Adding garden design to commercial buildings will bring color, texture, light, fresh air, and the warmth and comfort of growing, living plants into a space. They can also improve the energy efficiency and carbon footprint of the building.
For interior green spaces to be healthy, they need light and water. Many growing mediums are available that are lightweight and can support plant growth without soil, and designers have a huge range of tools and materials for designing indoor and outdoor commercial garden spaces.
Rooftop Gardens are extremely popular and can contribute to the energy efficiency of a building. Many new building plans incorporate rainwater catchment and solar panels to a rooftop garden design. Since plants, especially trees, sequester carbon, a rooftop garden will decrease the carbon footprint. But most importantly, a garden space will be extremely popular with staff and a major selling point for designers.
Interior vertical garden walls that incorporate water features are usually designed for soil-less medium or water-based growth, like hydroponics, so the weight of the planter and plants is not too great. Both interior and exterior garden walls provide color and texture to a space, as well as providing fresh air and the comfort of green spaces. They can delineate space without needing full walls. Garden walls can also help moderate noise. Adding the water sounds of a small incorporated fountain can both keep the wall healthy and decrease ambient noise.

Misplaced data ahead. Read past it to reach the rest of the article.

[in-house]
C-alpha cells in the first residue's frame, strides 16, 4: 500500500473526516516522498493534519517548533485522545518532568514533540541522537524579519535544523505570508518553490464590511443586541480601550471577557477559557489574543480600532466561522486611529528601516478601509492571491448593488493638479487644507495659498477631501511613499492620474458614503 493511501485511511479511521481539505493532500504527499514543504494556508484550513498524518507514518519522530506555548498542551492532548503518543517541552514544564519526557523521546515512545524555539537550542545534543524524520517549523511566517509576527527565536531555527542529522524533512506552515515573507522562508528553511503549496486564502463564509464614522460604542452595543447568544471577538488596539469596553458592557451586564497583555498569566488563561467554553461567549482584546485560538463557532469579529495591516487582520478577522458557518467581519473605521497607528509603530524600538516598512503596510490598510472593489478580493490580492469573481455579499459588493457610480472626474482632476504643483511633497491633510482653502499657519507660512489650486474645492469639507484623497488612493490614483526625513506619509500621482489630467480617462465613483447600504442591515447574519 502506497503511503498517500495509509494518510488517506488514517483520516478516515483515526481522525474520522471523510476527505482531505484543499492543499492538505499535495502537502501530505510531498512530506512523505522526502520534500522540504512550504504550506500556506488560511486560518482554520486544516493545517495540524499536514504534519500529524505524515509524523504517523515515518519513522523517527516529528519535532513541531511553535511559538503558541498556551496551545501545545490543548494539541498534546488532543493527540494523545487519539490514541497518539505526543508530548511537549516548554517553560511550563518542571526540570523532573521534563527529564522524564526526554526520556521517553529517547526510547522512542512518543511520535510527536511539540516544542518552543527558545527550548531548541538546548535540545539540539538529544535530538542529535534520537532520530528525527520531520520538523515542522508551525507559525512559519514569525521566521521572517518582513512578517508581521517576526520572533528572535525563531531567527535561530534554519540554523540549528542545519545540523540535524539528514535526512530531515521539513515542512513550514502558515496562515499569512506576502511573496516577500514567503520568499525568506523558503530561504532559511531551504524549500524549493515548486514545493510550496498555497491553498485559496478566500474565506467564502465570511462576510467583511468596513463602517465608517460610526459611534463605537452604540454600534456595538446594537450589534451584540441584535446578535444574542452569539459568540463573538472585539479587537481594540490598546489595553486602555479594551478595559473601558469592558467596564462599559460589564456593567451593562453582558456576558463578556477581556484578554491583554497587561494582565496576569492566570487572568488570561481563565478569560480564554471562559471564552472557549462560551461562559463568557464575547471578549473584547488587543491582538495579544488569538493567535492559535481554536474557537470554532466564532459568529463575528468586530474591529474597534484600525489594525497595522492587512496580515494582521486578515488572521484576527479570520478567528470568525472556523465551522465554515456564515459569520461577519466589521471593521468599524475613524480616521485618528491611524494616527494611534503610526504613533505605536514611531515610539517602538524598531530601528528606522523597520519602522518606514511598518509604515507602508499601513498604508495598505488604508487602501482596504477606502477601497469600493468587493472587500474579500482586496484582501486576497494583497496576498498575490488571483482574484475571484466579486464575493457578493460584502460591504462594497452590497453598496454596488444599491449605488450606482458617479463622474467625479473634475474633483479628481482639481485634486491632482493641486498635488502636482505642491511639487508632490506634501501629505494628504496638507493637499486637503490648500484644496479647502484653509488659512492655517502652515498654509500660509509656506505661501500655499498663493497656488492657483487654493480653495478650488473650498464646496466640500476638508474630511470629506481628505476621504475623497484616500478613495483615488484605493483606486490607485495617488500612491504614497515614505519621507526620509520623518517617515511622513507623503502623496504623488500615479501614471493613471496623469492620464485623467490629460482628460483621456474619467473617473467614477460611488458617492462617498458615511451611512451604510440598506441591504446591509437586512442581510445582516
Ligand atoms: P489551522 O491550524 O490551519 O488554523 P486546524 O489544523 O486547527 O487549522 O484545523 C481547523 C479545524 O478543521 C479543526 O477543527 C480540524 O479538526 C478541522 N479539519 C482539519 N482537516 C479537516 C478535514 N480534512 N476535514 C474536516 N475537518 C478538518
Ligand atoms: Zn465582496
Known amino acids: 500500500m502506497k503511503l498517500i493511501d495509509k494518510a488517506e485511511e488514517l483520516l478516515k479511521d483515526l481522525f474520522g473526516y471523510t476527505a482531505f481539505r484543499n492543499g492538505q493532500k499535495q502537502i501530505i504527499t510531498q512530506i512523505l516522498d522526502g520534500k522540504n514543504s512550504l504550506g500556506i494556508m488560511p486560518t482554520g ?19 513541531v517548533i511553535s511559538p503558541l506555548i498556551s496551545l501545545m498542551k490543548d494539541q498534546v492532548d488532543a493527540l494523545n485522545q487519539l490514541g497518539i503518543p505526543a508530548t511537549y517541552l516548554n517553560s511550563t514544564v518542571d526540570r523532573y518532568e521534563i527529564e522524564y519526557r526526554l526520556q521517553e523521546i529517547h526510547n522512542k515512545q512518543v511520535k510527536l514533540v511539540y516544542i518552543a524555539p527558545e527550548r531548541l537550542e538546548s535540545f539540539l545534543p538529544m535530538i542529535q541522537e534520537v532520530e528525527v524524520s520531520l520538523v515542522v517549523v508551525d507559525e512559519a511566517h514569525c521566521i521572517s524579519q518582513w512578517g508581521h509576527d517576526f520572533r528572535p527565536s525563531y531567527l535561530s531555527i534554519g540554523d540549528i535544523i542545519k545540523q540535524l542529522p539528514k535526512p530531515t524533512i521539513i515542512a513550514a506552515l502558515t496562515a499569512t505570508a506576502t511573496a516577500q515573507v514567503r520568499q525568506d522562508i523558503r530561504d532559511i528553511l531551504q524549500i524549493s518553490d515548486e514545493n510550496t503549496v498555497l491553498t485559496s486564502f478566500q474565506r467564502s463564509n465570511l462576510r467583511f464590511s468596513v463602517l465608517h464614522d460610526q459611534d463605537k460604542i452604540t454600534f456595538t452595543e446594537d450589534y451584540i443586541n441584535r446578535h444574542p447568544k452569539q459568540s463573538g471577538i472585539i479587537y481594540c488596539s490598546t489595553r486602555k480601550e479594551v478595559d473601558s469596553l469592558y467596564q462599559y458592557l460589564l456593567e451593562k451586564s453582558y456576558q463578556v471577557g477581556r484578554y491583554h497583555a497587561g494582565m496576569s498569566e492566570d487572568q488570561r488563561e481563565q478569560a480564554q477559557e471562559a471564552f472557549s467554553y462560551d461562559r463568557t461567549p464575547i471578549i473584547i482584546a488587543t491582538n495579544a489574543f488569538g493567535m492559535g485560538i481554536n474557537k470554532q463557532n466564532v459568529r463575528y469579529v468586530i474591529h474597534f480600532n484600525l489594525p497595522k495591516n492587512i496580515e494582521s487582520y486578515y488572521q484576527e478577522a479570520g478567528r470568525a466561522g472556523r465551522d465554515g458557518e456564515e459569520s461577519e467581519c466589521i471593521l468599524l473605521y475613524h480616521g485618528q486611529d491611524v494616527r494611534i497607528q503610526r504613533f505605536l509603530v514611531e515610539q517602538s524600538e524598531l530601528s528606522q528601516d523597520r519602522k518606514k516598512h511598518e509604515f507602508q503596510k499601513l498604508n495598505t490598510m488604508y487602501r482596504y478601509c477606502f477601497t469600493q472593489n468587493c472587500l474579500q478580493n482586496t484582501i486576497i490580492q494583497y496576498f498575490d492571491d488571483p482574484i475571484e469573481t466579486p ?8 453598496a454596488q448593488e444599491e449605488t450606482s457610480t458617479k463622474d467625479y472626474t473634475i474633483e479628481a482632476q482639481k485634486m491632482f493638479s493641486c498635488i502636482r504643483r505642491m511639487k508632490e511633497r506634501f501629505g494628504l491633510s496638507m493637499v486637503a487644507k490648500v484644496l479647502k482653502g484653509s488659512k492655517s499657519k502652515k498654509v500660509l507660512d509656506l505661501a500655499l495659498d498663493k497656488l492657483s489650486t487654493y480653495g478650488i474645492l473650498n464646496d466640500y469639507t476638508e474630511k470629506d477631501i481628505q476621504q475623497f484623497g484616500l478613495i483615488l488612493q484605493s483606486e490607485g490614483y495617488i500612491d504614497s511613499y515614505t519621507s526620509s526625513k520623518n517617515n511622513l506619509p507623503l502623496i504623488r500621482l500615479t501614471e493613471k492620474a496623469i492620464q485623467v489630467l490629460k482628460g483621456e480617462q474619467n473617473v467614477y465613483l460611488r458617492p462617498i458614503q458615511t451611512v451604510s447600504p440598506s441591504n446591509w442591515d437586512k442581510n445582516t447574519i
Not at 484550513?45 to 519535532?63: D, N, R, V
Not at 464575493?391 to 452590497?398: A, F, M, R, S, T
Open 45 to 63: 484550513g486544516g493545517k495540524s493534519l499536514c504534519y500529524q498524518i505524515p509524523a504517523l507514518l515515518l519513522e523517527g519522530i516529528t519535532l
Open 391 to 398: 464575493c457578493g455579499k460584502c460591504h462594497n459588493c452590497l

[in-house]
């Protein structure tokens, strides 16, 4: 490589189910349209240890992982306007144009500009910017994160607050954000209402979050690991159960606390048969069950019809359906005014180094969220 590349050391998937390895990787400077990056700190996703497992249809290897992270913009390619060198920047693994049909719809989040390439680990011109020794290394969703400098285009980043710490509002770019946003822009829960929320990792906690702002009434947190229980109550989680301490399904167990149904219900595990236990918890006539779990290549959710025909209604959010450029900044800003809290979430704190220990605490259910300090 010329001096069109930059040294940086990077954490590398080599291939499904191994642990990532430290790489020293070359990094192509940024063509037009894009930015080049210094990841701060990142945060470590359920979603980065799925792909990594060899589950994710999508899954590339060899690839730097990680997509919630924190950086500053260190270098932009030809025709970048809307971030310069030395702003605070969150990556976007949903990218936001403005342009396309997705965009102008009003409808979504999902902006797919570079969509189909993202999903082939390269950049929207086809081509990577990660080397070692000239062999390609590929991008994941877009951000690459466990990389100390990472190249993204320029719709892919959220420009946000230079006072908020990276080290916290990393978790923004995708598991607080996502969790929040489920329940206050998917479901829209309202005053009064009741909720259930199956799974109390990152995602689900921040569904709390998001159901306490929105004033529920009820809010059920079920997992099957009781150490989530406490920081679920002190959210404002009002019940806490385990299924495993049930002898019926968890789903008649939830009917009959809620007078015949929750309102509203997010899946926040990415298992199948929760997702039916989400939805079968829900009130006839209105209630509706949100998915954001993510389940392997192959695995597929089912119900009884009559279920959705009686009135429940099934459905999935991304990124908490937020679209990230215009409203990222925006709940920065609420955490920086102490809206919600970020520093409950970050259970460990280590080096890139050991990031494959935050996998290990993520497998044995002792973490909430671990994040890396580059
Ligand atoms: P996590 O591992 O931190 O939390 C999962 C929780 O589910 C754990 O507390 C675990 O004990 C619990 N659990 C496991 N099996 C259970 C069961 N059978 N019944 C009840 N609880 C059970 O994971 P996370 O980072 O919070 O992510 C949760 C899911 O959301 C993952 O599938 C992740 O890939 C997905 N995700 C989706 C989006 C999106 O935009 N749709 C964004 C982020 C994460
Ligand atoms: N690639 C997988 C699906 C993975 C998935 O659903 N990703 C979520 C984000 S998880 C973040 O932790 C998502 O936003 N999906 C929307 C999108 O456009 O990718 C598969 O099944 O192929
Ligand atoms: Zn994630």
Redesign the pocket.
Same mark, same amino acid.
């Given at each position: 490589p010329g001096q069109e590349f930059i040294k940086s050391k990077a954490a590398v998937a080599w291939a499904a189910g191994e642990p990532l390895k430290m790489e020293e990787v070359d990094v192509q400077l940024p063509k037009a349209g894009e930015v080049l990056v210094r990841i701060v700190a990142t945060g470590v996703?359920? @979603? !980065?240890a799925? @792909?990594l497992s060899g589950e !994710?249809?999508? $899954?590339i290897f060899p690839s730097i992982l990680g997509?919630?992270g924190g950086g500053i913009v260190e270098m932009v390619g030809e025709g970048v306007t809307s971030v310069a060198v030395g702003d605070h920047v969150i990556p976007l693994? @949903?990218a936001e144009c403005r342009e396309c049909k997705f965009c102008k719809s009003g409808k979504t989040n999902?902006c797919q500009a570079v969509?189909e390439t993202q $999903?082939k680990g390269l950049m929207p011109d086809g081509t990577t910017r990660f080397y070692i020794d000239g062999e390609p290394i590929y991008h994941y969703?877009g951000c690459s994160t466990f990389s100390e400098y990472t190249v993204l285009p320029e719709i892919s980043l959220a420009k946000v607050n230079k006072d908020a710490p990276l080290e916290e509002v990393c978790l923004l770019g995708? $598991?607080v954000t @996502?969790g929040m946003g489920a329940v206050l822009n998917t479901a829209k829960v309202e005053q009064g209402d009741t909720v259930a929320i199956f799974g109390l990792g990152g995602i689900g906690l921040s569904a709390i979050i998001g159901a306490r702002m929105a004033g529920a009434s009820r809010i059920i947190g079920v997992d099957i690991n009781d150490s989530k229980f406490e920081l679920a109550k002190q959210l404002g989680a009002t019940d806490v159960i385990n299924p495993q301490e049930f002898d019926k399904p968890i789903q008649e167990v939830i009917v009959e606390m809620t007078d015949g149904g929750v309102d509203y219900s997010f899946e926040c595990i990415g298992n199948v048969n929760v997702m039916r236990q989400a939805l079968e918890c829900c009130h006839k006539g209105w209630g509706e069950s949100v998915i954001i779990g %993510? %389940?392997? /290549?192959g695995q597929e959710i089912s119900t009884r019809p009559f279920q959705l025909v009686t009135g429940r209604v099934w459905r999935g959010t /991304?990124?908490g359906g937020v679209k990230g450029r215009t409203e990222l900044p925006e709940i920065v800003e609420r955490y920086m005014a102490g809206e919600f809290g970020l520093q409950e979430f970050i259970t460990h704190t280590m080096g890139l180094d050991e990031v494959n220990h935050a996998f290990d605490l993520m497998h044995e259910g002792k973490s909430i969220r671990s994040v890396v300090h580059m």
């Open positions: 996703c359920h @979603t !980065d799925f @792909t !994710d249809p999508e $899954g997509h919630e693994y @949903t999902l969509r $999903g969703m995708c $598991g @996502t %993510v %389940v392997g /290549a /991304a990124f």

Artists can combine ceramics and metalwork with small garden plants for mini urban farms– herb gardens in interior planters, hanging strawberries and cherry tomatoes, dwarf lemon trees, and creative sculptures that contain green and growing plants. Urban farm gardens, besides adding fruit and herbs, provide color, texture, and charm to a space. An onsite cafeteria or kitchen could grow lettuce, herbs, and other salad greens easily in decorative plantings that provide interior design.